A Series Of Landmark Prohibited Transaction Cases, Part Three: The Kellermans
If you’ve read parts 1 and 2, get ready for something completely different. The case we’re going to go over today is about bankruptcy, something I hope you never go through!
Oddly enough, with Self-Directed IRA LLCs, you have a bit of an advantage as far as protection from creditors is concerned. But as you will find out by the end of this article, once you go in too deep, there’s no way out.
The Beginning: The Kellermans File For Bankruptcy
The Kellermans, for whatever reason, decided to file for voluntary Chapter 11 bankruptcy. Prior to filing for bankruptcy, Barry Kellerman created an IRA, which as of October 27, 2008, had a reported value of $252,112.67.
The named administrator of the IRA is Entrust Mid South LLC. The IRA is Self-Directed by Barry Kellerman, who made all of the decisions related to the issues raised in the objections.
At the start of their case, the Kellermans valued their IRA at $180,000.00 and claimed the entire fund as exempt under the Bankruptcy Act.
The trustee in the bankruptcy case against the Kellermans objected to the Kellermans’ claimed exemption in the IRA on the basis that it was no longer exempt from taxation as of the commencement of the case and is not eligible for exemption.
The trustee alleged that the IRA lost its exempt status in 2007 because Barry Kellerman directed the IRA to engage in prohibited transactions involving disqualified persons.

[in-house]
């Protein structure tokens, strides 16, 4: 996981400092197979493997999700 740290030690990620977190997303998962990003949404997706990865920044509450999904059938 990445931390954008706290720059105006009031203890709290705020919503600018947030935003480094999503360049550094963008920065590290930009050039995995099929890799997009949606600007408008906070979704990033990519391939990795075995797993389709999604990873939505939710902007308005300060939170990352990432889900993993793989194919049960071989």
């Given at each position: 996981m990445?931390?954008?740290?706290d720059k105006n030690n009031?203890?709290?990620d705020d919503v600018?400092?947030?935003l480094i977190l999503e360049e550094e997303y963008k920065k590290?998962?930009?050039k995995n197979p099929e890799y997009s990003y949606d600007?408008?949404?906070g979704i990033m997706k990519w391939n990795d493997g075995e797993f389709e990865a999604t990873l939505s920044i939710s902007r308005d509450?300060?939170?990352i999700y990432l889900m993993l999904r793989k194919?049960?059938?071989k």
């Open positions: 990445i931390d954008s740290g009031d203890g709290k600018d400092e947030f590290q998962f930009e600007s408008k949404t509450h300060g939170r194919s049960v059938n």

The Kellermans’ LLC and Its Alleged Prohibited Transactions
The alleged prohibited transactions involved the 2007 purchase of four acres of real property located near Maumelle, Arkansas. Panther Mountain Land Development LLC helped setup the purchase.
Barry Kellerman and his wife each own a 50 percent interest in Panther Mountain. To effect the acquisition and development of the four-acre property, the IRA and Panther Mountain formed a partnership whereby the IRA contributed property and Panther Mountain contributed property and cash.
The purchase took place to assist in the development of two nearby tracts of approximately 80 and 120 acres owned by Panther Mountain. Controlling the 4 acre tract assisted in the development of the other Panther Mountain properties.
The Plot Thickens
Interestingly enough, Panther Mountain filed its own Chapter 11 bankruptcy on September 20, 2009 after the Kellermans filed for bankruptcy on June 3, 2009.
Even more interesting is that the Kellermans admitted that they are “disqualified persons”. Specifically, Barry Kellerman is the beneficiary of the IRA and a fiduciary because he exercises “discretionary authority” and “discretionary control” over the IRA as the owner.
Dana Kellerman qualifies as a “member of the family” as the wife of Barry Kellerman. Panther Mountain is a “disqualified person” according to 4975(e)(2)(G) because Barry Kellerman asserts a 50 percent membership interest. Likewise, the Entrust Partnership is also a disqualified person according to subsection 4975(e)(2)(G).